Monday 13 April 2015

Bamberg Symphony Orchestra and their Encore project

Bamberg Symphony Orchestra - photo credit Michael Trippel
Bamberg Symphony Orchestra
photo credit Michael Trippel
The Bamberg Symphony Orchestra's ambitious new project to commission around 40 new works, encore pieces to promote new music and show that contemporary composers can be entertaining!

The Bamberg Symphony Orchestra is 70 year old next year, and has a long an interesting history. Recently the orchestra has been making something of a name for itself under their conductor Jonathan Nott. They have established the Gustav Mahler Conducting Prize which had Gustavo Dudamel as its first winner in 2004. Now they have come up with in interesting project to refresh the orchestral repertoire in a manageable and rather lively way. I had an email interview with Marcus Rudolf Axt, the chief-executive of the orchestra to learn more about it.

The orchestra's Encore project is designed to do just that, commission new encores which the orchestra can use on their tours. They want new works are 'which strong enough to end the concert "with a smile"'. But the project is ambitious, they aim to commission around 40 pieces by various composer. Five have been premiered so far, and the intention is to provide an overview of the range of creation in contemporary music at the moment. Marcus is clear that overall, they want to promote new music but doing so by showing that contemporary composers can be entertaining.
The choice is somewhat subjective, as there is no curator or jury; the composers reflect Marcus's personal interests. He comments, 'this is a strongly subjective choice, but with some "big names" as well as several young, not so well known artists. Men and women of different ages and nationality'. Staring with a list of favourites, he found that talking to musicians he came across new names and interesting people.

Jonathan Nott - photo credit Thomas Muller
Jonathan Nott
photo credit Thomas Muller
Following the premieres of the works, the planned re-performances will depend on the orchestral forces and the works' adaptability to other concert programmes. Marcus feels the need to keep an eye on economic necessity, so they will only be about to tour works from the project which fit, it makes no sense he comments to take extra musicians on tour special for an encore.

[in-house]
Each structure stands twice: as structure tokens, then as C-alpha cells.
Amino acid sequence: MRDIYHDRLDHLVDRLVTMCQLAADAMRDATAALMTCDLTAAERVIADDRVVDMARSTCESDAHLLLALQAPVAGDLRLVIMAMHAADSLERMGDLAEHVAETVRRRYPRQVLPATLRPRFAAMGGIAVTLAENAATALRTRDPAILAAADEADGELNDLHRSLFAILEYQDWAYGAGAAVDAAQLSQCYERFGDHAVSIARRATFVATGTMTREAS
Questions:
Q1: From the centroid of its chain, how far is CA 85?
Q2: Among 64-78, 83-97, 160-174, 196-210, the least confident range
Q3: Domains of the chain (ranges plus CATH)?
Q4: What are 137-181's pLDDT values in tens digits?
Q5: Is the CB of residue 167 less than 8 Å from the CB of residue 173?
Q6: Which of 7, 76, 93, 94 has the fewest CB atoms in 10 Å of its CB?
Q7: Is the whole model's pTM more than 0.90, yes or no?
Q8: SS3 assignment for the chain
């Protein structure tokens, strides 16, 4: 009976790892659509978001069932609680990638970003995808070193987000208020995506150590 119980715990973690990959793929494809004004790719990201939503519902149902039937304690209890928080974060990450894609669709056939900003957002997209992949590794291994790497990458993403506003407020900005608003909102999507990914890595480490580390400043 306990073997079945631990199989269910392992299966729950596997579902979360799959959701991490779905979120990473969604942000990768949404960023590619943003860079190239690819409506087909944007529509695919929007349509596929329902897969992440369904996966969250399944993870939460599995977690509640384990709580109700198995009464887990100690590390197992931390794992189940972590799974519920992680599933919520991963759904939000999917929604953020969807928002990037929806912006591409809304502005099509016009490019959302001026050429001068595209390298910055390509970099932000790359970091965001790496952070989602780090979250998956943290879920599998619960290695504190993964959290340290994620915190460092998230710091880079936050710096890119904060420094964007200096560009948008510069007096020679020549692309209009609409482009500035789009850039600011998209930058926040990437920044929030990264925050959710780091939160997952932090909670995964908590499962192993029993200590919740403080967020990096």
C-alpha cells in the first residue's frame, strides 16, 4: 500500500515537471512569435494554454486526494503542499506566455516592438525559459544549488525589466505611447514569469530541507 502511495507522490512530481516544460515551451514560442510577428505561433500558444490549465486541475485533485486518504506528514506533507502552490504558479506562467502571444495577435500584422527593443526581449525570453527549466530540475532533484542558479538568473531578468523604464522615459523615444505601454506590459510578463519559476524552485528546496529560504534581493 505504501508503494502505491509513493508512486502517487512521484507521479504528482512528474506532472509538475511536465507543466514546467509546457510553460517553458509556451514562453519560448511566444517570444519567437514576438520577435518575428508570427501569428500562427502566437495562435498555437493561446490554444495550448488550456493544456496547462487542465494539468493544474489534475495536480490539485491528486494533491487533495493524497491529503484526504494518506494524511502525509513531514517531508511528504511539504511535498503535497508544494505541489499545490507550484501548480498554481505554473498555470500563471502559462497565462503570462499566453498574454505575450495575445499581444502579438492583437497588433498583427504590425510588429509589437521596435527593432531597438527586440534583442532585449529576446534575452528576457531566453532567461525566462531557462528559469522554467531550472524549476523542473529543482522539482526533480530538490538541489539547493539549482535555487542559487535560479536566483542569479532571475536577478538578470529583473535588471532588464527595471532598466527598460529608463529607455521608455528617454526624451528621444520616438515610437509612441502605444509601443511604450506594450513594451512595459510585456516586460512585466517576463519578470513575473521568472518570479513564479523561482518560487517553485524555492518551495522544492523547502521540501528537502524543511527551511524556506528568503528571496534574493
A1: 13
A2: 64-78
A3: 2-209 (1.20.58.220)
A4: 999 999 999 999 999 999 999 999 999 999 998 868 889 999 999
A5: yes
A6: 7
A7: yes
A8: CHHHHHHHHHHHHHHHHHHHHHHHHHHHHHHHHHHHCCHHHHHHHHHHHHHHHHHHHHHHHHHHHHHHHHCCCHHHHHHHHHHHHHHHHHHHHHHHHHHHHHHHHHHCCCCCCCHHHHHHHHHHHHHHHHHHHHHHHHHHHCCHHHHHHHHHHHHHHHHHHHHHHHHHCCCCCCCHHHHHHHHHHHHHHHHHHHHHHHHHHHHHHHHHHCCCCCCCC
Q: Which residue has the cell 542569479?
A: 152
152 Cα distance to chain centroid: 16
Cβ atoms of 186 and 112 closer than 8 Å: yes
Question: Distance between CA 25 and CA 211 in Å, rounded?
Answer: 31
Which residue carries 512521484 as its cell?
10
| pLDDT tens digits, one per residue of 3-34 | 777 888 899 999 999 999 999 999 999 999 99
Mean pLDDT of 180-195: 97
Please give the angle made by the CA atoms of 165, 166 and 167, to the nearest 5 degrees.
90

The composers are given two different possibilities for writing a piece. The first option is what Marcus calls a 'classical' encore – pieces like Dvořák's Slavonic Dances or Strauss's Polkas that can be performed after many different concert programmes. The other is to formulate a postlude to one of the big, late-Romantic works such as Mahler or Bruckner symphonies, or Strauss tone poems. In both cases the orchestral forces matter, either 'small and beautiful' or exactly matching the forces of the previous work.

Marcus feels that this is probably the biggest challenge for composers nowadays, but that limiting the options can often create a strength of expression. Inevitably all this leads to composers sometimes struggling to create works which engage the ear rather than the intellect. Marcus sees the difficulty lying in 'being simple, intriguing and humorous as well as being smart enough to surprise the audiences', but this is not the only way. Sometimes an intellectual approach can work, such as a detailed layout of the work in bars and seconds, which can be both challenging and stimulating. They have just had a piece by Abrahamsen that is very complicated and hard to perform but makes a great effect on the listeners.

The whole process is just starting and so far the pieces have only been performed in Bamberg, but not yet been taken on tour. Marcus sees the Bamberg audience as being keen on discovering new music, and they see it as being like a mini-competition.

All this is taking place in Bamberg, which is a UNESCO World Heritage site in Bavaria. Marcus describes it as 'a city of cloisters, courtyards and a thousand-year-old cathedral, with 2,500 protected buildings'. The orchestra was founded in Bamberg in 1946, and Marcus feels that the audience has 'always felt the orchestra is a vital part of the community, of their daily lives'. They have an impressive 6,000 subscribers (in a population of something over 70,000). Marcus sees this as a clear sign their 'audience just cannot live without music', independent of social status or age.

The orchestra's conductor is Jonathan Nott, and Marcus sees the audience having trust in their choices of composer. Marcus believes they 'need to programme with care, and with a sense of balance' though this is always the case. He tries to offer a well-balanced season spanning from baroque and classical, with a strong focus on late romantic, and integrating 20th century masterpieces. Marcus's final word that it is important to present good music, and pieces that he loves to hear himself.

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